• Jos Van Bommel

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    • Saïd Business School, University of Oxford. This paper came forth from my Ph.D. dissertation at INSEAD. I have greatly benefited from the support and guidance of my dissertation committee consisting of Theo Vermaelen (chair), Paolo Fulghieri, and Matti Suominen. I am also grateful to Michael Goldstein, Lars Tyge Nielsen, Duane Seppi, Erik Sirri, and seminar participants at the NTU international finance conference, the Eastern Finance Association meetings, the American Finance Association meetings, the FMA European meetings, the Norwegian School of Management, Oxford University, Pompeu Fabra University, Tilburg University, and the University of Amsterdam for helpful comments. Last but not least, I thank the editor and an anonymous referee for their constructive feedback on earlier versions. All errors are my own.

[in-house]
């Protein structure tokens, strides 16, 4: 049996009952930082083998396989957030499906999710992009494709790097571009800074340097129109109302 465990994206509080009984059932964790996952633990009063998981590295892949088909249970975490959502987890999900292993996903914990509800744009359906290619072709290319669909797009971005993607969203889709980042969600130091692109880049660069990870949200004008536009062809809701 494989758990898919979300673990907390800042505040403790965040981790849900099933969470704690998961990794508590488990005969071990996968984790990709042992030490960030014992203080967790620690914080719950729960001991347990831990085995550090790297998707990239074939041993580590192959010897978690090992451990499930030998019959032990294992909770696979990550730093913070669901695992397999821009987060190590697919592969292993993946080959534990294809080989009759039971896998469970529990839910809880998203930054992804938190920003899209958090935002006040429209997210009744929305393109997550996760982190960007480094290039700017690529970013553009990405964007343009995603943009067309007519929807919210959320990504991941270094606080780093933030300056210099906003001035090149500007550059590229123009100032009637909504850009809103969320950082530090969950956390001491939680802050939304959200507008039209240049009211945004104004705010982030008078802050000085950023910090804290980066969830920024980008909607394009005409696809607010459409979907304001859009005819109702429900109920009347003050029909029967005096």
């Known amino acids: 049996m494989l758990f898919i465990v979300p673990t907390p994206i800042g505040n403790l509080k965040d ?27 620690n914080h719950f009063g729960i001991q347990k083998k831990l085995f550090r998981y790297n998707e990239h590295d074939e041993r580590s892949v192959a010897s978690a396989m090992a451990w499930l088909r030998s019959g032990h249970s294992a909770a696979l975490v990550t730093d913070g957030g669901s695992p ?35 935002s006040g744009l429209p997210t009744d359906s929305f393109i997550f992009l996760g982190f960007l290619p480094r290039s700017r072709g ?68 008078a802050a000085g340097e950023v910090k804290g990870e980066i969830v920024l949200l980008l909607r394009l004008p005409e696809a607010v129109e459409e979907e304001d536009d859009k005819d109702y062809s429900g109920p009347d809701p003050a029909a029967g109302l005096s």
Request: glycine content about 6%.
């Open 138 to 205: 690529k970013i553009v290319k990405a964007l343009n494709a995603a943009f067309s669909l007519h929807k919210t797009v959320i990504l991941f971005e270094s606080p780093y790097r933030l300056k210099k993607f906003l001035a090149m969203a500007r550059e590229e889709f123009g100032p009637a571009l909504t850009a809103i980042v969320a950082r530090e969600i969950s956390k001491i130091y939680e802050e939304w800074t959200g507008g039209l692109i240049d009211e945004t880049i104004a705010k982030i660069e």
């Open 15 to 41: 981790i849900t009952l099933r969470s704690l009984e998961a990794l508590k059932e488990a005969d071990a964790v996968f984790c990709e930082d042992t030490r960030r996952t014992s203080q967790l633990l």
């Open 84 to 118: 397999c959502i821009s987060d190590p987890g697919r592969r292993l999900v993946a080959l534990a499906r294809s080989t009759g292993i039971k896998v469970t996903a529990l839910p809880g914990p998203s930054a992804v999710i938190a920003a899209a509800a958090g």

A Kyle (1985) model with private information diffusion is used to examine the motivation to spread stock tips. An informed investor with limited investment capacity spreads imprecise rumors to an audience of followers. Followers trade on the advice and move the price. Due to the imprecision of the rumor, the price overshoots with positive probability. This gives the rumormonger the opportunity to trade twice: First when she receives information, then when she knows the price to be overshooting. In equilibrium, rumors are informative and both rumormongers and followers increase their profits at the expense of uninformed liquidity traders.